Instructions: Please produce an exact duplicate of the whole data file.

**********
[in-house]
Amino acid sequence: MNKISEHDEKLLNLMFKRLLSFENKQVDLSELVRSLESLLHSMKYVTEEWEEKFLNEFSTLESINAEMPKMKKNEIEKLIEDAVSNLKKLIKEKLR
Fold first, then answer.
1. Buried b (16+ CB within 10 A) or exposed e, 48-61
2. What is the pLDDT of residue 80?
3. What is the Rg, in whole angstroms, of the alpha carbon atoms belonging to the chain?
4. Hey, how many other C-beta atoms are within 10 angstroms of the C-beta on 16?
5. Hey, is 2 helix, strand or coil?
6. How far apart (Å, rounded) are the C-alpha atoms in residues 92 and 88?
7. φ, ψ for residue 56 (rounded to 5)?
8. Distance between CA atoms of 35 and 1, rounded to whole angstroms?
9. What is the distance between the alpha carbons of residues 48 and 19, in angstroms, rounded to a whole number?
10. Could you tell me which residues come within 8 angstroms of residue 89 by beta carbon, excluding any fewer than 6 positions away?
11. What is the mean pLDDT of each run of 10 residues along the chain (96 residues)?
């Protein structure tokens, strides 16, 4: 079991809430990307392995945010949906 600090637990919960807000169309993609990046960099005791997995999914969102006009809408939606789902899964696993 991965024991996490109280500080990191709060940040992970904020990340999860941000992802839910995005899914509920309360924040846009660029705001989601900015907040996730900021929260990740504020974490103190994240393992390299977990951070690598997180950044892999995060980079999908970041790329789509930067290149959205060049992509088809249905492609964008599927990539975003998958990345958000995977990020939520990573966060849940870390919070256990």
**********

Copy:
[in-house]
Amino acid sequence: MNKISEHDEKLLNLMFKRLLSFENKQVDLSELVRSLESLLHSMKYVTEEWEEKFLNEFSTLESINAEMPKMKKNEIEKLIEDAVSNLKKLIKEKLR
Fold first, then answer.
1. Buried b (16+ CB within 10 A) or exposed e, 48-61
2. What is the pLDDT of residue 80?
3. What is the Rg, in whole angstroms, of the alpha carbon atoms belonging to the chain?
4. Hey, how many other C-beta atoms are within 10 angstroms of the C-beta on 16?
5. Hey, is 2 helix, strand or coil?
6. How far apart (Å, rounded) are the C-alpha atoms in residues 92 and 88?
7. φ, ψ for residue 56 (rounded to 5)?
8. Distance between CA atoms of 35 and 1, rounded to whole angstroms?
9. What is the distance between the alpha carbons of residues 48 and 19, in angstroms, rounded to a whole number?
10. Could you tell me which residues come within 8 angstroms of residue 89 by beta carbon, excluding any fewer than 6 positions away?
11. What is the mean pLDDT of each run of 10 residues along the chain (96 residues)?
């Protein structure tokens, strides 16, 4: 079991809430990307392995945010949906 600090637990919960807000169309993609990046960099005791997995999914969102006009809408939606789902899964696993 991965024991996490109280500080990191709060940040992970904020990340999860941000992802839910995005899914509920309360924040846009660029705001989601900015907040996730900021929260990740504020974490103190994240393992390299977990951070690598997180950044892999995060980079999908970041790329789509930067290149959205060049992509088809249905492609964008599927990539975003998958990345958000995977990020939520990573966060849940870390919070256990």